LAS VEGAS — Disgust with the Iranian nuclear framework agreement dominated this weekend’s meeting of the Republican Jewish Coalition, as a crop of White House aspirants sought to outdo each other in opposition to the deal before a record crowd.
Sen. Ted Cruz of Texas declared that he intends “to do everything humanly possible to stop a bad Iran deal.” Former Texas governor Rick Perry warned that “tyrants don’t abide by agreements.” And Indiana Gov. Mike Pence, another possible 2016 contender, pledged that “Israel’s enemies are our enemies; Israel’s cause is our cause.”
Their impassioned declarations underscored the political clout of the organization, which includes some of the GOP’s largest donors — particularly casino mogul Sheldon Adelson, the 81-year-old chief executive of the Las Vegas Sands, who Forbes estimates is worth $29.2 billion.
RJC officials said that the organization has seen a flood of new contributors in recent months as President Obama has clashed with Israeli Prime Minister Benjamin Netanyahu over a proposed deal to curtail Iran’s nuclear program. Nearly 800 people gathered in Las Vegas for the group’s three-day spring leadership meeting, almost double the number who attended last year. The surge in donations will allow the RJC to mount its biggest voter outreach effort in 2016, the group’s executives said.
“We are building up our war chest,” Chairman David Flaum said Saturday morning.
The organization will not take sides in the GOP primary, but 2016 contenders are hoping to win the support of the wealthy individuals who make up the group’s leadership. Former Florida governor Jeb Bush, Wisconsin Gov. Scott Walker and Sen. Marco Rubio of Florida all have strong supporters on the RJC’s heavyweight board, but many on the panel remain neutral, according to people familiar with the dynamics.
The driving concern throughout the group is the proposed Iranian deal. Many say that they worry the deal will allow Iran to continue to develop its nuclear capabilities.
“The fear for Israel’s future is sharp,” said board member Ari Fleischer, a former White House press secretary. “People are scared.”
In his speech Saturday, Cruz warned that Israel faces an existential threat from a nuclear Iran. “Will subsequent maps of the world show a nation of Israel?” he asked. “That’s what the stakes are.”
Perry denounced Obama for having “delusional thinking” when it comes to his assessment of global threats, adding that “he places naive trust in the ayatollah of Iran.”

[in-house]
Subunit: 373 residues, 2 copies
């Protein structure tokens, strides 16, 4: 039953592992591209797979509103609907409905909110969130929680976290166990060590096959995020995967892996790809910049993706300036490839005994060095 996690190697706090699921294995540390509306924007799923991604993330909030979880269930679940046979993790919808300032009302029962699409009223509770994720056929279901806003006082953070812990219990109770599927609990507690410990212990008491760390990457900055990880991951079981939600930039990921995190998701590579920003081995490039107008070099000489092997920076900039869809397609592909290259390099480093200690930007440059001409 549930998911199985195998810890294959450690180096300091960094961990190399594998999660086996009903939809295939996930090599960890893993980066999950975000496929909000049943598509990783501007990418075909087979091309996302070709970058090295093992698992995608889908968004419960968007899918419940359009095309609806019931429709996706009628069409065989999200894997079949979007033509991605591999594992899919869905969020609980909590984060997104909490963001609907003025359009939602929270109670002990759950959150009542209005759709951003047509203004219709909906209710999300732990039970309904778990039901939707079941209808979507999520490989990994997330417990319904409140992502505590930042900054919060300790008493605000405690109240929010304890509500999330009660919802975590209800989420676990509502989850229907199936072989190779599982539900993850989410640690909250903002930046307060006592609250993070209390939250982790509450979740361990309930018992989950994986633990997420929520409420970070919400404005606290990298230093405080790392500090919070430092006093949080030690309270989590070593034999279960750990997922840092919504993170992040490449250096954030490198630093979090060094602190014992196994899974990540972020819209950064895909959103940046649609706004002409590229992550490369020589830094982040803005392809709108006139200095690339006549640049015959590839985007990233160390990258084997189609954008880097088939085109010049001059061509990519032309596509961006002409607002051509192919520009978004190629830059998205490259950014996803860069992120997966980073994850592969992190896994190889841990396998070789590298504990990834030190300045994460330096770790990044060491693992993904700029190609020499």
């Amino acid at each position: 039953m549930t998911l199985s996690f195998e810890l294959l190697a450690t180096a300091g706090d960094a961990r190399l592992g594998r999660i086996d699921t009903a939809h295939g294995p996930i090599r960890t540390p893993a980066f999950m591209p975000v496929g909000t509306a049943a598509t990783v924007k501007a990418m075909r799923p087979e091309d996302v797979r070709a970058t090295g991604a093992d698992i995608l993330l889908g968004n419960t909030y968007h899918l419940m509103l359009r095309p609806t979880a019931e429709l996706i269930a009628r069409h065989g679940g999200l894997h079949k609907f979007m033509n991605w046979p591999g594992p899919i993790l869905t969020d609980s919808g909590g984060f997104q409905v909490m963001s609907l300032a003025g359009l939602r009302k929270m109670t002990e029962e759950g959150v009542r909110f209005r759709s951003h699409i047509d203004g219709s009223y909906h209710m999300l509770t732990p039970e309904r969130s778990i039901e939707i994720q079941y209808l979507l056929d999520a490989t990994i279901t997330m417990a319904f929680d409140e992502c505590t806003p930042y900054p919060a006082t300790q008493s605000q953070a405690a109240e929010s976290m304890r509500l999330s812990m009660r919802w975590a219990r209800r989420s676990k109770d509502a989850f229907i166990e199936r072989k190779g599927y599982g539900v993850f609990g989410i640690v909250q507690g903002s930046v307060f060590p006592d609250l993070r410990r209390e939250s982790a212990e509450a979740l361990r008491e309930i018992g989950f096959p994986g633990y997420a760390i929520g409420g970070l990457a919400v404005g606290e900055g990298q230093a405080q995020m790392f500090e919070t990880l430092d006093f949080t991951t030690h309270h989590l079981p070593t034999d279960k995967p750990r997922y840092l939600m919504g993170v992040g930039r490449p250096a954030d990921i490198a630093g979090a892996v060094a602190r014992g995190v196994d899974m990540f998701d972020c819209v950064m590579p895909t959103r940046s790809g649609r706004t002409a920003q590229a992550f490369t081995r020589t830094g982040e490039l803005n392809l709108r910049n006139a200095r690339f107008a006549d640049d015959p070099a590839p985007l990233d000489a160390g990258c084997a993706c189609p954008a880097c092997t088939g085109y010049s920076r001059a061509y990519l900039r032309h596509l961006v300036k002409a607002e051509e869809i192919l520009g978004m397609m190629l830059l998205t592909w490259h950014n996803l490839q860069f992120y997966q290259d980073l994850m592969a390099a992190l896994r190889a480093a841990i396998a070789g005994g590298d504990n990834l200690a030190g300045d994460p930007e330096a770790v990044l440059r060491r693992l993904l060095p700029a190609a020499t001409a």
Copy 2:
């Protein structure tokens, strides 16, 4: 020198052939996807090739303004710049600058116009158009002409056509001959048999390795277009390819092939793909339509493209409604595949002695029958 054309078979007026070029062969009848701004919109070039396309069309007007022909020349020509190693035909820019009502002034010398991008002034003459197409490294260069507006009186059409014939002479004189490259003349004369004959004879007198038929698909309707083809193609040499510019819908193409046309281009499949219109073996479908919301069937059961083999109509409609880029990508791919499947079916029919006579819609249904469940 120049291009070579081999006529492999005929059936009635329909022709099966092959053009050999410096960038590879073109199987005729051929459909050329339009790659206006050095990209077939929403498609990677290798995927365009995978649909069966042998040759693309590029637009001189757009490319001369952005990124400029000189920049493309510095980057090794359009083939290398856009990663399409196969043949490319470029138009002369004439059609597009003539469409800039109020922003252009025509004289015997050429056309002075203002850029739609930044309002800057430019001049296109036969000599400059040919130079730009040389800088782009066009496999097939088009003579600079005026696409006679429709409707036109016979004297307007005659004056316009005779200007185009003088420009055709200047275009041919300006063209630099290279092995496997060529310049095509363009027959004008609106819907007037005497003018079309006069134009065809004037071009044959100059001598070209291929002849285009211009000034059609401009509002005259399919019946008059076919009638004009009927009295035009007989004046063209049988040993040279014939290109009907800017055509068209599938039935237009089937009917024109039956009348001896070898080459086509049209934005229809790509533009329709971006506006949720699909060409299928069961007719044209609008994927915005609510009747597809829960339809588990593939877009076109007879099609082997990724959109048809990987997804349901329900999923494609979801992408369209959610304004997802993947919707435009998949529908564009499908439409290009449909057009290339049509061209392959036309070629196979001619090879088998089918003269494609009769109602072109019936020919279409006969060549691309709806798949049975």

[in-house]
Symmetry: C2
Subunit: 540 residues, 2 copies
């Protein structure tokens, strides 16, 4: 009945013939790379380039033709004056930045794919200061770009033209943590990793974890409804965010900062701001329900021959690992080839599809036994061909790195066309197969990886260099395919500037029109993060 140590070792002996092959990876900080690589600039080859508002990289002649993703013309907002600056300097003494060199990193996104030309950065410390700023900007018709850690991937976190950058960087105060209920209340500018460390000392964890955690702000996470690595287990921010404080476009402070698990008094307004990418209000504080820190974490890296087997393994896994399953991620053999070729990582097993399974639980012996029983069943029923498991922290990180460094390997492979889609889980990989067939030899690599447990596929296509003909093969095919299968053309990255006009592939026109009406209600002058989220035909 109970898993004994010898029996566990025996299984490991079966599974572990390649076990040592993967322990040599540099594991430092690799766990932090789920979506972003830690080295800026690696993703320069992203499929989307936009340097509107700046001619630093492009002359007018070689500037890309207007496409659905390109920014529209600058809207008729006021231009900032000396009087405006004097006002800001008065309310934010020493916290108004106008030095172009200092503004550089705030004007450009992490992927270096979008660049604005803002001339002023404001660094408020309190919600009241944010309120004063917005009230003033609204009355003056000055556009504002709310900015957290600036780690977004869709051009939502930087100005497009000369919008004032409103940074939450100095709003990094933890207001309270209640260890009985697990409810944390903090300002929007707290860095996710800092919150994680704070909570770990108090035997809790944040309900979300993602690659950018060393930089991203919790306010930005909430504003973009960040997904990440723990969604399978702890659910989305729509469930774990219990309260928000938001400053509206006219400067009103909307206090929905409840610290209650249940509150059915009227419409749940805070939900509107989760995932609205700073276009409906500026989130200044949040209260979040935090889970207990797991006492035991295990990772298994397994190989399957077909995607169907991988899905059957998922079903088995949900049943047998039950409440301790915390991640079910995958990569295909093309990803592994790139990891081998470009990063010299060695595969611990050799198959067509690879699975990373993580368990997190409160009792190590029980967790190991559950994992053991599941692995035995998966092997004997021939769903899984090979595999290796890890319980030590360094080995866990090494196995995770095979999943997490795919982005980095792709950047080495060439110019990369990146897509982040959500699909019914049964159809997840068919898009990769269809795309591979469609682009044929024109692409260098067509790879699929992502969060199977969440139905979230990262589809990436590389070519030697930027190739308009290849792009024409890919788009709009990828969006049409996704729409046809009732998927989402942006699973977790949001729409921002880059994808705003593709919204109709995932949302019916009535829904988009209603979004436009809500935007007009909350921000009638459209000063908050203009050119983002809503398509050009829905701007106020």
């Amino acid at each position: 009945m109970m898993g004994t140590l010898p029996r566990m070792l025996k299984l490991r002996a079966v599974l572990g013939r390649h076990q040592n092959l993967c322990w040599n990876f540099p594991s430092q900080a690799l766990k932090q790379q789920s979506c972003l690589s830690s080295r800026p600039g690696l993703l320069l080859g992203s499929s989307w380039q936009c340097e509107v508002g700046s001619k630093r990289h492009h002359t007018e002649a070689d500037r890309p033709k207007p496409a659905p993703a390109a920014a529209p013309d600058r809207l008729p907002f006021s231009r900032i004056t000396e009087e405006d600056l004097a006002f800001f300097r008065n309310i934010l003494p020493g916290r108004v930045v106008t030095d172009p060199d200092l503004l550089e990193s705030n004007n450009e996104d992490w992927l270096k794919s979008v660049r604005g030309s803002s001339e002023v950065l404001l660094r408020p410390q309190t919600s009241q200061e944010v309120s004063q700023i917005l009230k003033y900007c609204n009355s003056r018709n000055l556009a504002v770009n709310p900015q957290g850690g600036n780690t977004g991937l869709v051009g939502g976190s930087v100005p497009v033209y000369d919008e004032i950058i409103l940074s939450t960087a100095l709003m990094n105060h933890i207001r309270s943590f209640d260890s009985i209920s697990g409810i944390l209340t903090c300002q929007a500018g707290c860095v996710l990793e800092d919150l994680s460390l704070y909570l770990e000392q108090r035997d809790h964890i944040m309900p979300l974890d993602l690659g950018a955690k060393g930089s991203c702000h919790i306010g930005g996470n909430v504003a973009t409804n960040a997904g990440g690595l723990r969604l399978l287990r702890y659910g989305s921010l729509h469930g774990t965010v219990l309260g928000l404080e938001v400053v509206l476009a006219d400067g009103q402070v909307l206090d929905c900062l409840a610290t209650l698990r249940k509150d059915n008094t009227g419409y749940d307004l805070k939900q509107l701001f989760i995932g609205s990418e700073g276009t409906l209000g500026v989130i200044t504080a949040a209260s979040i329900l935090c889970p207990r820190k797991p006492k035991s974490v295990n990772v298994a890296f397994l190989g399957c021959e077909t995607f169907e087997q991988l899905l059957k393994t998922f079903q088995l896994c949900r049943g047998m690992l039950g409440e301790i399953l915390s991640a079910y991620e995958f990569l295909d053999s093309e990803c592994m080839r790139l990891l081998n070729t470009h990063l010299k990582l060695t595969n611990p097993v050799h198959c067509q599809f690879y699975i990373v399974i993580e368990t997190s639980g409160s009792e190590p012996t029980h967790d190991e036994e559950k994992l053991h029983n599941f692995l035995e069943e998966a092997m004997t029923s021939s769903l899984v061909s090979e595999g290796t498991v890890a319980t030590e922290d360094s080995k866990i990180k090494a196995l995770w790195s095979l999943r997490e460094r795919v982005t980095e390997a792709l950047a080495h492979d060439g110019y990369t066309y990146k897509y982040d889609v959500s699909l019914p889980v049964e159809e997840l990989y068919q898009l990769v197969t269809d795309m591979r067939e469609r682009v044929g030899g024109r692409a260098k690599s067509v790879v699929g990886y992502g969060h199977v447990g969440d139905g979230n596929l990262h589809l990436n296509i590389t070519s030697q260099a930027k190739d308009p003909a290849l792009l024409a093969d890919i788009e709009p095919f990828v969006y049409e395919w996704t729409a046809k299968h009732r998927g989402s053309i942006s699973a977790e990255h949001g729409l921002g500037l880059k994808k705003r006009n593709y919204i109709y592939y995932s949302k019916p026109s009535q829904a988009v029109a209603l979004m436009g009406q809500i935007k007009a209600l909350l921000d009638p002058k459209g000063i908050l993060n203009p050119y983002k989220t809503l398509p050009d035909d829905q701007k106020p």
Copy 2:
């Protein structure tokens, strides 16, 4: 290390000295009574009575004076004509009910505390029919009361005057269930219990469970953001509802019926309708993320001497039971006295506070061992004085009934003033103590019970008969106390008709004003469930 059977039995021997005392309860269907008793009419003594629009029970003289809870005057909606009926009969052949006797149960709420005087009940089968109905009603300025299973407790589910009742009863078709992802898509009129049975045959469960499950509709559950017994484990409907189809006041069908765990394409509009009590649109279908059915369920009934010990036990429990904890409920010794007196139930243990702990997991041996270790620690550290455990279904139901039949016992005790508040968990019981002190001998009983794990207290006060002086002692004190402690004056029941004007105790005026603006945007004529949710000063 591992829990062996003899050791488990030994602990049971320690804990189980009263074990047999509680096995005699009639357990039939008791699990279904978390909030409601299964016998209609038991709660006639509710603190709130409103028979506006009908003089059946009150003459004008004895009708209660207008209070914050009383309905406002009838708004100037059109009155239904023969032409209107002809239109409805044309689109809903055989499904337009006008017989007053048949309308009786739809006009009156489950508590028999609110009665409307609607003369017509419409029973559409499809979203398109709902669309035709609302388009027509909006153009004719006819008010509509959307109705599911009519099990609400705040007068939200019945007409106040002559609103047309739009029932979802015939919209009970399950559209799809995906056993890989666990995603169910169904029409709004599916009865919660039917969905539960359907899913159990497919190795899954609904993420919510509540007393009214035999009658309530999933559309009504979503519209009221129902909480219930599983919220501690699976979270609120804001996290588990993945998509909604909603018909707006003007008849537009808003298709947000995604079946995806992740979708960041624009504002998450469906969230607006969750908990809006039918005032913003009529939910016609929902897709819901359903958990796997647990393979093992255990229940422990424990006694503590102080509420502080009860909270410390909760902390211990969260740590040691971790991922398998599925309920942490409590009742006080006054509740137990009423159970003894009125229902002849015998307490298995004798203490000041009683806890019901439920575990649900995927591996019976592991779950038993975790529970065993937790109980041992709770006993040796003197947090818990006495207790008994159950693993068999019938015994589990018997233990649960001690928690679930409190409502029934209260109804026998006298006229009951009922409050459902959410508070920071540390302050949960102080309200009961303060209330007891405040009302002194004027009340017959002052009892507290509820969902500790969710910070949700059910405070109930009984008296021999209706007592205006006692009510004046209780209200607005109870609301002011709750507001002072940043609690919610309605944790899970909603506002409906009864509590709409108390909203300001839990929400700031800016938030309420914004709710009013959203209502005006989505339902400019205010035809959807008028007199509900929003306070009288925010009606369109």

Top 2016 contenders who were not in attendance sent emissaries to work the crowd. At a closed-door reception Friday night, Bush aide Karen Unger handed out “Jeb!” buttons in Hebrew, while Walker strategist Rick Wiley mingled with major donors.
Adelson, who has been intensely courted by the wide field of 2016 candidates, has not said whom he will support. Associates expect him to hold off picking a favorite until the fall, after the first few debates.
In 2012, the casino tycoon and his wife, Miriam, plowed more than $92 million into efforts to elect Republicans, including a costly effort to boost the long-shot presidential bid of former House speaker Newt Gingrich. This time, advisers say, the bar for support will be higher as Adelson weighs who has the best shot of winning the White House.
Rubio is believed to be one of the leading contenders for his backing. Adelson’s daughter and son-in-law donated to Rubio’s leadership PAC last fall, and in January, Sheldon and Miriam Adelson each gave $10,200 to the Rubio Victory Committee, according to the Center for Responsive Politics.
Adelson kept a low profile Saturday morning during the only session open to the media at his ornate Venetian hotel. But at the private lunch that followed, he sat next to the featured guest, House Speaker John A. Boehner.
The gathering kicked off with a private al fresco dinner Thursday night for top RJC board members and donors outside Adelson’s mansion, where guests dined on phyllo-wrapped chicken and heard from former presidential nominee Mitt Romney and Republican National Committee Chairman Reince Priebus, who urged them to donate to the party.
Former president George W. Bush was set to cap off the event with an off-the-record session Saturday night, fielding questions from Fleischer and Josh Bolten, his former chief of staff.